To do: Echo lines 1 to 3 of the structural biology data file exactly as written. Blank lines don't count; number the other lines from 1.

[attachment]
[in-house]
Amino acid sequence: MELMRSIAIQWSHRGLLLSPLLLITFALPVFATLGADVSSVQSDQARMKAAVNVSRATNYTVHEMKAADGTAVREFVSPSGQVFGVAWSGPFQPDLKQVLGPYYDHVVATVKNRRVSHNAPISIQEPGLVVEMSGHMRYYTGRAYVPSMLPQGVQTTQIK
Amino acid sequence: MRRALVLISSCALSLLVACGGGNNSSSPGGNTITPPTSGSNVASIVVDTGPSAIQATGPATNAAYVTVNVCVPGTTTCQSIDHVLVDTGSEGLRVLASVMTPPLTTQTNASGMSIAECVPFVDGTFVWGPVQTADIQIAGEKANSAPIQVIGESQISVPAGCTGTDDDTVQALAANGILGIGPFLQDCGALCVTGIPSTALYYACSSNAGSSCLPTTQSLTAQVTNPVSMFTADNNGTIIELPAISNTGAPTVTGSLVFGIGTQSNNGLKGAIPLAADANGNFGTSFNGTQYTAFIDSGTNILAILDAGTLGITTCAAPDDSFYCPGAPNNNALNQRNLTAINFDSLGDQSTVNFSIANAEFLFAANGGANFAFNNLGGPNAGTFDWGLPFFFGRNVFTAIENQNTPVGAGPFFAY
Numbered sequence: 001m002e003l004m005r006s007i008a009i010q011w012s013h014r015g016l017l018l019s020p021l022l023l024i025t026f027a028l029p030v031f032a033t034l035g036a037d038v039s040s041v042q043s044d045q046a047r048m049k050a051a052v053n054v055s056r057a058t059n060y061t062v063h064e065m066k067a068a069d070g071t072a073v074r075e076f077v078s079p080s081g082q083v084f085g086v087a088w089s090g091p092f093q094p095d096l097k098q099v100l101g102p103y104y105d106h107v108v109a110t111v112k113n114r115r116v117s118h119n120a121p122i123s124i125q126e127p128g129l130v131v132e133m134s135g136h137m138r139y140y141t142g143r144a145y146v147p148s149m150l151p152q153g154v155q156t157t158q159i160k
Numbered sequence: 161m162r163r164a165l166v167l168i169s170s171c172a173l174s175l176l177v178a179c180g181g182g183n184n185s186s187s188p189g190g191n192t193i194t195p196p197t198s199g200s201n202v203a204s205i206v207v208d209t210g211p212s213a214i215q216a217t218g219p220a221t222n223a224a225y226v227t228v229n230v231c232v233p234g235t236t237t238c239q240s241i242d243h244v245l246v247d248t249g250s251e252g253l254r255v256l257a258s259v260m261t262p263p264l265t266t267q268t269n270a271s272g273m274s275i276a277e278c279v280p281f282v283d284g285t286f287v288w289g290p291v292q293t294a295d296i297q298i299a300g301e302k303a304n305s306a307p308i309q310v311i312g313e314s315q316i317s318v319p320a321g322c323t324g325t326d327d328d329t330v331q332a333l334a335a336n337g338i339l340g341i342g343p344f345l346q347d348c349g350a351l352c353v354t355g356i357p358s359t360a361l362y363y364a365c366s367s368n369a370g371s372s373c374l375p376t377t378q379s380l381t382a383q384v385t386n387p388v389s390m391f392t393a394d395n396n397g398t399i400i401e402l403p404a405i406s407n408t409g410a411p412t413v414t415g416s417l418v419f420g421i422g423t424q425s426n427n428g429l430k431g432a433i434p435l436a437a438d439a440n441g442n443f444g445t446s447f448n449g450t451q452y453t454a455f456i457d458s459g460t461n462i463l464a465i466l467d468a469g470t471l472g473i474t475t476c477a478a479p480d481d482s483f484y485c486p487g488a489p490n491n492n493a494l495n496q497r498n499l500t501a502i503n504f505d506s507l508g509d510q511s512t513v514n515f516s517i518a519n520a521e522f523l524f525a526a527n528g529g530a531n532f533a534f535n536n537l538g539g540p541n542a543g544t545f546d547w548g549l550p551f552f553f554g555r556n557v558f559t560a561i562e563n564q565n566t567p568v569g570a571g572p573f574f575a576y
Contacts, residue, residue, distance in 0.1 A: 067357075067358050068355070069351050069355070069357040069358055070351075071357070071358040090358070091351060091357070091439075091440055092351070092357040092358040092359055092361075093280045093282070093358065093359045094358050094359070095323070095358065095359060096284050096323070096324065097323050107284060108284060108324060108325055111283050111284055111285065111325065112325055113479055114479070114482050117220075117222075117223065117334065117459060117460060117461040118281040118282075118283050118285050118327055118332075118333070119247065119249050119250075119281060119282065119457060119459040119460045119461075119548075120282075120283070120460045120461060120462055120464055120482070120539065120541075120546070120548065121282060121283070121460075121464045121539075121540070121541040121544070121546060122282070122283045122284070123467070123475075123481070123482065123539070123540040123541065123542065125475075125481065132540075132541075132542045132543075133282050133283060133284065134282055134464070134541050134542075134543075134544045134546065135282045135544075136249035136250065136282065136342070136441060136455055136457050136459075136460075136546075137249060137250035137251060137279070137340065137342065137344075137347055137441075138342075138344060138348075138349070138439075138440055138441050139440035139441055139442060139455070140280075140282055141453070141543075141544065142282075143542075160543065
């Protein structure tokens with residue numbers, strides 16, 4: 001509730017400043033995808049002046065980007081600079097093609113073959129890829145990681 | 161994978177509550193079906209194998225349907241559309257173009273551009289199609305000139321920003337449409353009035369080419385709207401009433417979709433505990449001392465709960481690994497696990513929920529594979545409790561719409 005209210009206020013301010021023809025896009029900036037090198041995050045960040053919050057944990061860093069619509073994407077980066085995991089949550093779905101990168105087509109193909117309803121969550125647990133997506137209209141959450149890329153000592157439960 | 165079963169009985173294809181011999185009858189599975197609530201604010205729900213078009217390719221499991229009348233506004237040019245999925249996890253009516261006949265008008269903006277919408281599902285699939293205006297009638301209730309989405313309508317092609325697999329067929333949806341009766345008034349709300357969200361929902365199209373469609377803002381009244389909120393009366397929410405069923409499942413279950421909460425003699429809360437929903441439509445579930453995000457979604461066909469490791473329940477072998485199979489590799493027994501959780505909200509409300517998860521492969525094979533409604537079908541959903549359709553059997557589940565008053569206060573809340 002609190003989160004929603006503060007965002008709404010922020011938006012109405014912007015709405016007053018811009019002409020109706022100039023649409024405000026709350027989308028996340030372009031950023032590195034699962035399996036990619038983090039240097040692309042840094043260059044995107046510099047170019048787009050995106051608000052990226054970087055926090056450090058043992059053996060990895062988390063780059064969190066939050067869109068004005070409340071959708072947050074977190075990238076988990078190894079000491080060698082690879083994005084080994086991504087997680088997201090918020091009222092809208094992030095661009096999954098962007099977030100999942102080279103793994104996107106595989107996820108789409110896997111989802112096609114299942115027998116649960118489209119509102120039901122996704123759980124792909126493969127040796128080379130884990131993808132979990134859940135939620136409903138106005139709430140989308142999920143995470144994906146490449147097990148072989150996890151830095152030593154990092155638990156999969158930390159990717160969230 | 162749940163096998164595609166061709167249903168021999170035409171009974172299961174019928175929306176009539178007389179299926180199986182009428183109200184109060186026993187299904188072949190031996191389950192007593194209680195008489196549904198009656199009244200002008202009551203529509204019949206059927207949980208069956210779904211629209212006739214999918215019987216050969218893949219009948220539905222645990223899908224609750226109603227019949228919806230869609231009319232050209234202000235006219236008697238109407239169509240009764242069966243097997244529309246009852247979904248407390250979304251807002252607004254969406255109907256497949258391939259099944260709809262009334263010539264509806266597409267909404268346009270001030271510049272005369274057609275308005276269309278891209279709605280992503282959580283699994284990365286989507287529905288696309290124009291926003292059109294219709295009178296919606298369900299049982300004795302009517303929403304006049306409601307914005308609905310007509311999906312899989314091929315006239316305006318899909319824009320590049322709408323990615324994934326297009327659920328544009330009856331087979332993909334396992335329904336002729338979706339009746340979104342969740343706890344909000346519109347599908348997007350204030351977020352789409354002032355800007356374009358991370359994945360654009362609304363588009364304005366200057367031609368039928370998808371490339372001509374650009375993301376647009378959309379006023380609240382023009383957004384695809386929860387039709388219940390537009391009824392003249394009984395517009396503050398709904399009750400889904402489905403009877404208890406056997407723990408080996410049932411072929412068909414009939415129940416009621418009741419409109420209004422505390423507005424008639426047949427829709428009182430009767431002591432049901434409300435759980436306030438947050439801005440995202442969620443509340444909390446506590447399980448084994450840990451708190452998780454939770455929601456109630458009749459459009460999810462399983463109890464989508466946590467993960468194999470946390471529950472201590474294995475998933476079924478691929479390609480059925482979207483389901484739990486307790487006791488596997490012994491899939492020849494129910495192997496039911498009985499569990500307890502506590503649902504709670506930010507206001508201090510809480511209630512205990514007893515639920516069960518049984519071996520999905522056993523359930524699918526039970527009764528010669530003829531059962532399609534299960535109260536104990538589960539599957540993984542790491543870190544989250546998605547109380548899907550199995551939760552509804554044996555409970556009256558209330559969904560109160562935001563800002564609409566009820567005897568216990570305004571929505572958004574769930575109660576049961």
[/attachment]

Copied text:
[in-house]
Amino acid sequence: MELMRSIAIQWSHRGLLLSPLLLITFALPVFATLGADVSSVQSDQARMKAAVNVSRATNYTVHEMKAADGTAVREFVSPSGQVFGVAWSGPFQPDLKQVLGPYYDHVVATVKNRRVSHNAPISIQEPGLVVEMSGHMRYYTGRAYVPSMLPQGVQTTQIK
Amino acid sequence: MRRALVLISSCALSLLVACGGGNNSSSPGGNTITPPTSGSNVASIVVDTGPSAIQATGPATNAAYVTVNVCVPGTTTCQSIDHVLVDTGSEGLRVLASVMTPPLTTQTNASGMSIAECVPFVDGTFVWGPVQTADIQIAGEKANSAPIQVIGESQISVPAGCTGTDDDTVQALAANGILGIGPFLQDCGALCVTGIPSTALYYACSSNAGSSCLPTTQSLTAQVTNPVSMFTADNNGTIIELPAISNTGAPTVTGSLVFGIGTQSNNGLKGAIPLAADANGNFGTSFNGTQYTAFIDSGTNILAILDAGTLGITTCAAPDDSFYCPGAPNNNALNQRNLTAINFDSLGDQSTVNFSIANAEFLFAANGGANFAFNNLGGPNAGTFDWGLPFFFGRNVFTAIENQNTPVGAGPFFAY